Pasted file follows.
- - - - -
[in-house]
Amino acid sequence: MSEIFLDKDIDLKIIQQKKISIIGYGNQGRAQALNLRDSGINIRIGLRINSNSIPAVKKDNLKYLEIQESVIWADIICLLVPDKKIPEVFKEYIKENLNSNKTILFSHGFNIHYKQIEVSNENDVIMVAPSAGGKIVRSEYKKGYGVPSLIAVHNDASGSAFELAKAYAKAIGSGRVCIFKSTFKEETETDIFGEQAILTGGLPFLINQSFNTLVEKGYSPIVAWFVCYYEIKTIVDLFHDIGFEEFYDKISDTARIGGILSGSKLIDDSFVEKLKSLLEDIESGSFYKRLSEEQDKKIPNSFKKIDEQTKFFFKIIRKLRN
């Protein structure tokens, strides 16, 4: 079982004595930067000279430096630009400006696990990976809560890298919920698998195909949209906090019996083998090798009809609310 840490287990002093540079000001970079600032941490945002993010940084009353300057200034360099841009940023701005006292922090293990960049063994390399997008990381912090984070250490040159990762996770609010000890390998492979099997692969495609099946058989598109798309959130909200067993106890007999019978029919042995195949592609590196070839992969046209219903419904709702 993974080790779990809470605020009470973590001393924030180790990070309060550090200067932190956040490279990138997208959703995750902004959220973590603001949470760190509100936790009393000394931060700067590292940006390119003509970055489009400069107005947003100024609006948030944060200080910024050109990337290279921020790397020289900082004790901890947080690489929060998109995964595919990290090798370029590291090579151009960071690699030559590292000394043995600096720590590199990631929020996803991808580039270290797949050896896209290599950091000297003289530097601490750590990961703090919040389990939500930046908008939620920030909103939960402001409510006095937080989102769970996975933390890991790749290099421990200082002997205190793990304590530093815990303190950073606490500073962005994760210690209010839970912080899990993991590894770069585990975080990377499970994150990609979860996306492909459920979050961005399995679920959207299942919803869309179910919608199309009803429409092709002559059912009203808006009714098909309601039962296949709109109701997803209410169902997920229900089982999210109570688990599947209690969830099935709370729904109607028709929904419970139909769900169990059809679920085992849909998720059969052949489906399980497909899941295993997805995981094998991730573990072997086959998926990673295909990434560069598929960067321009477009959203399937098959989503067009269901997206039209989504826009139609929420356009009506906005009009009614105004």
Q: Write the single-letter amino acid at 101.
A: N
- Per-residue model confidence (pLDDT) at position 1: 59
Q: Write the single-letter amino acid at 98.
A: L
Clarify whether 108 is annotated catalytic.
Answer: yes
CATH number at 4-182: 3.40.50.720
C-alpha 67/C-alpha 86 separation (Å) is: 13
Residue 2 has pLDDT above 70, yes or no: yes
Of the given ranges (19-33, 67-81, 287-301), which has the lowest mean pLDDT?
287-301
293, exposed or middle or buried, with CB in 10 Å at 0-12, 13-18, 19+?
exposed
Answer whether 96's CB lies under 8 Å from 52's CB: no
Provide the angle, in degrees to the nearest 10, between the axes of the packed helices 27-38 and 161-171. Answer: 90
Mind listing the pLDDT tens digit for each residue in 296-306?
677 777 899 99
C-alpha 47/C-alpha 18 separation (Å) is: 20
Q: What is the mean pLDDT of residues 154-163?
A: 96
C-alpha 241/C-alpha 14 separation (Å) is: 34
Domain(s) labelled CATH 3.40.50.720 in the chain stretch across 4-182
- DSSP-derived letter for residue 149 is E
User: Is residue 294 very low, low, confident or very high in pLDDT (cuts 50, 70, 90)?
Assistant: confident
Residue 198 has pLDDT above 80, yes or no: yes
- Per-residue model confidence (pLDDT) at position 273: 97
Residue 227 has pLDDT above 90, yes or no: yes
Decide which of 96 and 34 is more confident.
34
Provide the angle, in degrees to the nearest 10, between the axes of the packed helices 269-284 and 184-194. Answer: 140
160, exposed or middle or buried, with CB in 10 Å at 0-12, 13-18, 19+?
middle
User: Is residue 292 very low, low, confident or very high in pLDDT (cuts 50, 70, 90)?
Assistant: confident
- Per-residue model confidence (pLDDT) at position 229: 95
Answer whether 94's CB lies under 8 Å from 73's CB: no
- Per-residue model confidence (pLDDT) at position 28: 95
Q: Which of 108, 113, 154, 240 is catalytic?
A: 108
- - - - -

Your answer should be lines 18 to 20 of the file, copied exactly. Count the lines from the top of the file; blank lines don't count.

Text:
Answer whether 96's CB lies under 8 Å from 52's CB: no
Provide the angle, in degrees to the nearest 10, between the axes of the packed helices 27-38 and 161-171. Answer: 90
Mind listing the pLDDT tens digit for each residue in 296-306?